Our suppliers are a critical part of our supply chain and production process. So to meet our re-use goals, we need them on board.
ASML recently hosted a four-day workshop with five suppliers who were looking for more ways to incorporate re-use into their work. We plan to expand this successful pilot program to include more of our suppliers.
As part of our Supplier Sustainability Program, we ask suppliers to sign a ‘Letter of Intent’ that includes a commitment to collaborating with ASML and our ecosystem partners on maximizing re-use. In 2022, 59% of our suppliers made that commitment; we hope to reach 80% by 2025.
5. Refurbishing parts
How do you ready a part for re-use? Each system component requires its own process for returning it to as-new condition.
One part for which we’ve successfully established a refurbishment process is the external interface module, which regulates gas flows into our deep ultraviolet (DUV) TWINSCAN XT and NXT systems. The module is produced by our supplier Lamers, which is part of Aalberts Advanced Mechatronics in the Netherlands. Together we showed that rebuilt modules could reach as-new quality. Re-using one of those modules saves about 200 kg of waste and between €40k and €50k.
Re-use is also part of our extreme ultraviolet (EUV) systems. For example, we’ve teamed up with our supplier VDL to create a process for retrieving, disassembling and draining the buckets that collect liquid tin from the light source.
6. Standardizing quality
When a part is re-used, our customers expect it to be as good as new. That’s why we require all refurbished parts to meet the same standards as new ones. And we expect our suppliers to meet the same standard.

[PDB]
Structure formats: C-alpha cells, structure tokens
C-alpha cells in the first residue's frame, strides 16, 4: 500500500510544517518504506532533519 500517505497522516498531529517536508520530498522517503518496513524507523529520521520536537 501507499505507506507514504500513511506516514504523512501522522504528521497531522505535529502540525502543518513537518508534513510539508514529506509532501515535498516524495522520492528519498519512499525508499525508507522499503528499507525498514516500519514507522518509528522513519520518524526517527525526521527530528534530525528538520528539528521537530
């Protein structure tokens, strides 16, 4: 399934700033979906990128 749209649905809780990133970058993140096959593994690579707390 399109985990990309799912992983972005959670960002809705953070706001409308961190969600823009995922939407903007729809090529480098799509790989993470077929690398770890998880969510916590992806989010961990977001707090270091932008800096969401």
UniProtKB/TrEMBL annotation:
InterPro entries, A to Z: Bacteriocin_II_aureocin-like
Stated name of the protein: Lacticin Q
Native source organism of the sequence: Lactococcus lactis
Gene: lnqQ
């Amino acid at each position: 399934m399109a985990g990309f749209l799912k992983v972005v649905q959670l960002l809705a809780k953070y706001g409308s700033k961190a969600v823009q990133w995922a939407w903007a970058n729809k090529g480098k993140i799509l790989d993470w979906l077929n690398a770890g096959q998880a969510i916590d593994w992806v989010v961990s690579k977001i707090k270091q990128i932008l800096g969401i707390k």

Re-use also teaches us how to provide even better quality to our customers. When we go through the process of repairing and qualifying parts for re-use, we learn more about how each part works and ages. By implementing those learnings in our designs, we can improve the parts and deliver better system performance and lifetime moving forward.
7. Preparing to grow
A lot of our re-use activities are currently handled by the same workcenters that build new modules. But the number of ASML lithography systems in use continues to grow, so we’re going to need dedicated centers to handle the higher volume of re-use parts. That’s why we’re building dedicated global re-use centers to handle re-use activities for factory materials.
One such repair center is already open in Linkou, Taiwan, and we’ve started building one in Veldhoven, the Netherlands. We’re also establishing centers near our manufacturing sites in Wilton and San Diego, both in the US.
All this re-use will mean less material potentially heading to landfills and incinerators. But it also translates to big savings. In 2022, ASML saved €781 million by re-using service parts, up from €686 million in 2021. So it’s a win–win situation: What’s good for our business is also good for our planet.
About the author
- Christine Middleton
- Technology writer and editor
- Christine has a passion for writing stories that make science and technology accessible to a broad audience. She uses her background in experimental soft-matter physics and science writing to help demystify ASML’s technological innovation.